Operational excellence revolves around driving the optimum performance from all areas of the business on a second-by-second basis every day throughout the year. Organisational excellence leverages proven integrated technology that empowers staff and supports younger generations to make better decisions in order to collaborate more effectively and accelerate business performance.
Manufacturers must implement optimisation initiatives through the entire lifecycle of industry assets and address business challenges in a more comprehensive and holistic manner to unlock the value often tied up in departmental functions caused by silo practices. The combination of process simulation tools, manufacturing executions systems (MES) and effective planning and scheduling solutions is vital to optimising the asset. Companies using an advanced process simulator can model their chemical processes to gain better insights and improve designs that will optimise production performance. Many companies have adopted AspenTech’s aspenONE software suite, which contains innovative solutions to optimise process designs for energy use, capital costs, operating costs and product yields through the use of energy analyses, economic evaluations and detailed equipment design during the modelling process. From the aspenONE Engineering suite, Aspen Plus solves critical engineering and operational problems that arise throughout the lifecycle of a chemical process plant. The software tool predicts process behaviour using engineering relationships, such as mass and energy balances, phase and chemical equilibrium and reaction kinetics. With reliable physical properties, thermodynamic data, realistic operating conditions and rigorous equipment models, engineers are able to simulate actual plant behaviour.
aspenONE MES aggregates process, production and business information into a cohesive context with fast data discovery tools, automated workflow and order tracking, as well as extensive analytical, notification and visualisation capabilities. Covering all aspects of the ISA-S95 activity model, manufacturers are able to easily exchange real-time information between the shop floor and the rest of the enterprise to create actionable intelligence and optimise manufacturing excellence. The end result is lower operating costs, reduced process variability and improved asset utilisation that optimise bottom line profitability.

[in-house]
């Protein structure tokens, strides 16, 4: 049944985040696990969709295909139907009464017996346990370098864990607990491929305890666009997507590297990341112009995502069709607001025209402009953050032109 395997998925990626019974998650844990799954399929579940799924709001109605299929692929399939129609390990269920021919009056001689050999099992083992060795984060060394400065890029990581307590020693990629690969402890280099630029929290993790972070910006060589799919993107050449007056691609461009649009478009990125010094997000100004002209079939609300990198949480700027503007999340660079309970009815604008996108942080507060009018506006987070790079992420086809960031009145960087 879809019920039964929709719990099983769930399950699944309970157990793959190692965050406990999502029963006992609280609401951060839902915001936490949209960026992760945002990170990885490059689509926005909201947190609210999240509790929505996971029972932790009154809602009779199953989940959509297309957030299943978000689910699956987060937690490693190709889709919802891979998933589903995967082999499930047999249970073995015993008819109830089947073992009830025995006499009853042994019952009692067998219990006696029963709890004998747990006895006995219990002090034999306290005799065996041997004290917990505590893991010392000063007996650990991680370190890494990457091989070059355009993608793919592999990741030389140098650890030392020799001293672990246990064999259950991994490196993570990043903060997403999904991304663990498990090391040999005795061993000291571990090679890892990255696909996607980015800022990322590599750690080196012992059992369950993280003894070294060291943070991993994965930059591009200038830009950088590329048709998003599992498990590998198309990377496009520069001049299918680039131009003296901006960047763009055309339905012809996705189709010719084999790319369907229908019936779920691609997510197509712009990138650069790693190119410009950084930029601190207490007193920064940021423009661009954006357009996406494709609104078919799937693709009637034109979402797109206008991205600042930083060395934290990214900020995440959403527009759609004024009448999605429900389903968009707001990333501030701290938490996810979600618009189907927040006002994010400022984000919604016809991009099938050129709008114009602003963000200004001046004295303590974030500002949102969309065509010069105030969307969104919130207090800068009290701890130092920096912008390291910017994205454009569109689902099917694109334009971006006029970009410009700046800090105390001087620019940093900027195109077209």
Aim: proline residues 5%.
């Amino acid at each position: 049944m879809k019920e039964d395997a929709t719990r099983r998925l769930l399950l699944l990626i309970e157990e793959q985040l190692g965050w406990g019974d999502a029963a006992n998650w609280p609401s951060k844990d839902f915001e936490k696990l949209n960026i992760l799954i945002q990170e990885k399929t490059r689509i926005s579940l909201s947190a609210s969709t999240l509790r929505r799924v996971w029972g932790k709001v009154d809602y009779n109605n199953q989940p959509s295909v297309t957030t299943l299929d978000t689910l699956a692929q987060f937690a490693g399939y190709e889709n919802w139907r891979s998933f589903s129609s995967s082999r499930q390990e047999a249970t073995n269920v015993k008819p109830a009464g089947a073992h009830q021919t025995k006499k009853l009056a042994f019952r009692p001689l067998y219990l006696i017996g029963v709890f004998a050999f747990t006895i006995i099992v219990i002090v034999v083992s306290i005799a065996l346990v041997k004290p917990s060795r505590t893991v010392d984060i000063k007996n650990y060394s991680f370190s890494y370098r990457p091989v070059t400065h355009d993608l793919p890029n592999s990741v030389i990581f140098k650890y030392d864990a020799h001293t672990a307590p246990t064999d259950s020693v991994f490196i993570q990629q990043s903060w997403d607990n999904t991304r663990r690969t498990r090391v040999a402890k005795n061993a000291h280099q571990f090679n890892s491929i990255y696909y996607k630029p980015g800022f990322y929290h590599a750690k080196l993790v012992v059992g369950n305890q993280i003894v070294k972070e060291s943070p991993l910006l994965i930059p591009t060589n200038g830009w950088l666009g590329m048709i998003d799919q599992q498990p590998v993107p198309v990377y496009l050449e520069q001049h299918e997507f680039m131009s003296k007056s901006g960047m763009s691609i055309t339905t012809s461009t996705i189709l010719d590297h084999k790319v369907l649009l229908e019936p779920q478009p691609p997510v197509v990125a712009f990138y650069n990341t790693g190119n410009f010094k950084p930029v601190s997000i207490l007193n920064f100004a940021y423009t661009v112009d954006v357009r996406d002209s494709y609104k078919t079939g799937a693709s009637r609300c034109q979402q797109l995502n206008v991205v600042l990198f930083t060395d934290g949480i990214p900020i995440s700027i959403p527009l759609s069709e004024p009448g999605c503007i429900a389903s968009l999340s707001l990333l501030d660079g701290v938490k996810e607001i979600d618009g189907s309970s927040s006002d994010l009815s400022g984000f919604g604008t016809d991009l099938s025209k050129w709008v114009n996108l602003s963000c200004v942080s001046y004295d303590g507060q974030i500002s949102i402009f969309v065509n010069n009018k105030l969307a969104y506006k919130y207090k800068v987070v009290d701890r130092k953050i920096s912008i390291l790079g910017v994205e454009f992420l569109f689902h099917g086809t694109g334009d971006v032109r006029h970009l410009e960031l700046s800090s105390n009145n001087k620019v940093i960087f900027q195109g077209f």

Manufacturers are under intense pressure to maintain high profit margins and be operationally agile while demonstrating both internal and external compliance to health, environmental and safety regulations. aspenONE MES delivers these capabilities by providing automated workflow and order tracking to facilitate improved operational consistency, better production tracking and reduced errors. Consistent, repeatable work processes maximise the efficiency of the production asset, assuring faster time-to-market. Collecting, storing, organising and communicating data is fundamental to effective analysis of plant performance. The use of a robust data historian captures real-time production information and visualises data in context to measure and discern production planning and tracking.
Complimentary to the MES functionality, advanced process control (APC) is used to reduce process variability, enabling operators to push the production closer to safe operational limits. APC maintains tight control of operations, reducing quality variance (up to 50%), improving process yields (up to 3%), increasing capacity (average 4%), reducing energy costs (up to 10%) and increasing asset effectiveness. AspenTech’s adaptive process control automates the process of building and maintaining APC controllers, dramatically reducing time and effort to implement advanced control solutions and achieve quicker benefits. By transforming process manufacturing with innovative technology, industry leaders are more competitively positioned to meet today’s demands and also better prepared for the challenges of tomorrow.